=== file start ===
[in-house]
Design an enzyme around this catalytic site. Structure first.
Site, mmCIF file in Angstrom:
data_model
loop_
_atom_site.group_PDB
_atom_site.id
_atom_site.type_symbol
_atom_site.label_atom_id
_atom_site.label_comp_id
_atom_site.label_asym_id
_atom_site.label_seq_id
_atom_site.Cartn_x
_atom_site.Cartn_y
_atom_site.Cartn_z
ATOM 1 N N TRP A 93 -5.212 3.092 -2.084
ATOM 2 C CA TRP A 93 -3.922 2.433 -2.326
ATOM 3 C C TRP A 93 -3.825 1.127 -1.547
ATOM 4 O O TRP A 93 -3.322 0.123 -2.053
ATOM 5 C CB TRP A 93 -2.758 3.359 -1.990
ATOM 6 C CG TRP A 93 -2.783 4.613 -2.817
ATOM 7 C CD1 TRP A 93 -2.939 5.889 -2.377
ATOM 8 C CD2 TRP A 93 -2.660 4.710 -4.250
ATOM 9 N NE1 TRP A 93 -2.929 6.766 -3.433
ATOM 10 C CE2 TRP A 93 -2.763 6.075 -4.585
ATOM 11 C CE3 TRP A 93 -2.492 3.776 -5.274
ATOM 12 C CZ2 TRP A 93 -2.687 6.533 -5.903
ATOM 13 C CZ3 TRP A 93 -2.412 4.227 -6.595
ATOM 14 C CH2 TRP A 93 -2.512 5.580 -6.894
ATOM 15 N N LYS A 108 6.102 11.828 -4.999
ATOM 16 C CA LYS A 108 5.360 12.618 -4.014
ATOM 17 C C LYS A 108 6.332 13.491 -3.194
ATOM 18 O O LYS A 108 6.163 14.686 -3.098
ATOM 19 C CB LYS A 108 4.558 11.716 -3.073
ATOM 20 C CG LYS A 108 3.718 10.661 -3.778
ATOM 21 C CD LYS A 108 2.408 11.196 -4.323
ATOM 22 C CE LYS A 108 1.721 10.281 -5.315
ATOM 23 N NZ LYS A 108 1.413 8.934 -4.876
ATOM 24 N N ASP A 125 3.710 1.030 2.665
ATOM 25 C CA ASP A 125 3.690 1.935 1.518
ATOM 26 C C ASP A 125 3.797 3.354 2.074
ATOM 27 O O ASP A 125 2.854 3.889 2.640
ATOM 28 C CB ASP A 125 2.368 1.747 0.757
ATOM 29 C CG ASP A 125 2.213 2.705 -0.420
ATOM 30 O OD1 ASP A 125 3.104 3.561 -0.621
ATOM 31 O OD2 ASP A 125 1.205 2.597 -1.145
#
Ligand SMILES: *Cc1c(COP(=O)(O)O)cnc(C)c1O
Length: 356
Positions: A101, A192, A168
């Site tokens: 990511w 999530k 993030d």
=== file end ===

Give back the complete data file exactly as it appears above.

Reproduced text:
[in-house]
Design an enzyme around this catalytic site. Structure first.
Site, mmCIF file in Angstrom:
data_model
loop_
_atom_site.group_PDB
_atom_site.id
_atom_site.type_symbol
_atom_site.label_atom_id
_atom_site.label_comp_id
_atom_site.label_asym_id
_atom_site.label_seq_id
_atom_site.Cartn_x
_atom_site.Cartn_y
_atom_site.Cartn_z
ATOM 1 N N TRP A 93 -5.212 3.092 -2.084
ATOM 2 C CA TRP A 93 -3.922 2.433 -2.326
ATOM 3 C C TRP A 93 -3.825 1.127 -1.547
ATOM 4 O O TRP A 93 -3.322 0.123 -2.053
ATOM 5 C CB TRP A 93 -2.758 3.359 -1.990
ATOM 6 C CG TRP A 93 -2.783 4.613 -2.817
ATOM 7 C CD1 TRP A 93 -2.939 5.889 -2.377
ATOM 8 C CD2 TRP A 93 -2.660 4.710 -4.250
ATOM 9 N NE1 TRP A 93 -2.929 6.766 -3.433
ATOM 10 C CE2 TRP A 93 -2.763 6.075 -4.585
ATOM 11 C CE3 TRP A 93 -2.492 3.776 -5.274
ATOM 12 C CZ2 TRP A 93 -2.687 6.533 -5.903
ATOM 13 C CZ3 TRP A 93 -2.412 4.227 -6.595
ATOM 14 C CH2 TRP A 93 -2.512 5.580 -6.894
ATOM 15 N N LYS A 108 6.102 11.828 -4.999
ATOM 16 C CA LYS A 108 5.360 12.618 -4.014
ATOM 17 C C LYS A 108 6.332 13.491 -3.194
ATOM 18 O O LYS A 108 6.163 14.686 -3.098
ATOM 19 C CB LYS A 108 4.558 11.716 -3.073
ATOM 20 C CG LYS A 108 3.718 10.661 -3.778
ATOM 21 C CD LYS A 108 2.408 11.196 -4.323
ATOM 22 C CE LYS A 108 1.721 10.281 -5.315
ATOM 23 N NZ LYS A 108 1.413 8.934 -4.876
ATOM 24 N N ASP A 125 3.710 1.030 2.665
ATOM 25 C CA ASP A 125 3.690 1.935 1.518
ATOM 26 C C ASP A 125 3.797 3.354 2.074
ATOM 27 O O ASP A 125 2.854 3.889 2.640
ATOM 28 C CB ASP A 125 2.368 1.747 0.757
ATOM 29 C CG ASP A 125 2.213 2.705 -0.420
ATOM 30 O OD1 ASP A 125 3.104 3.561 -0.621
ATOM 31 O OD2 ASP A 125 1.205 2.597 -1.145
#
Ligand SMILES: *Cc1c(COP(=O)(O)O)cnc(C)c1O
Length: 356
Positions: A101, A192, A168
């Site tokens: 990511w 999530k 993030d």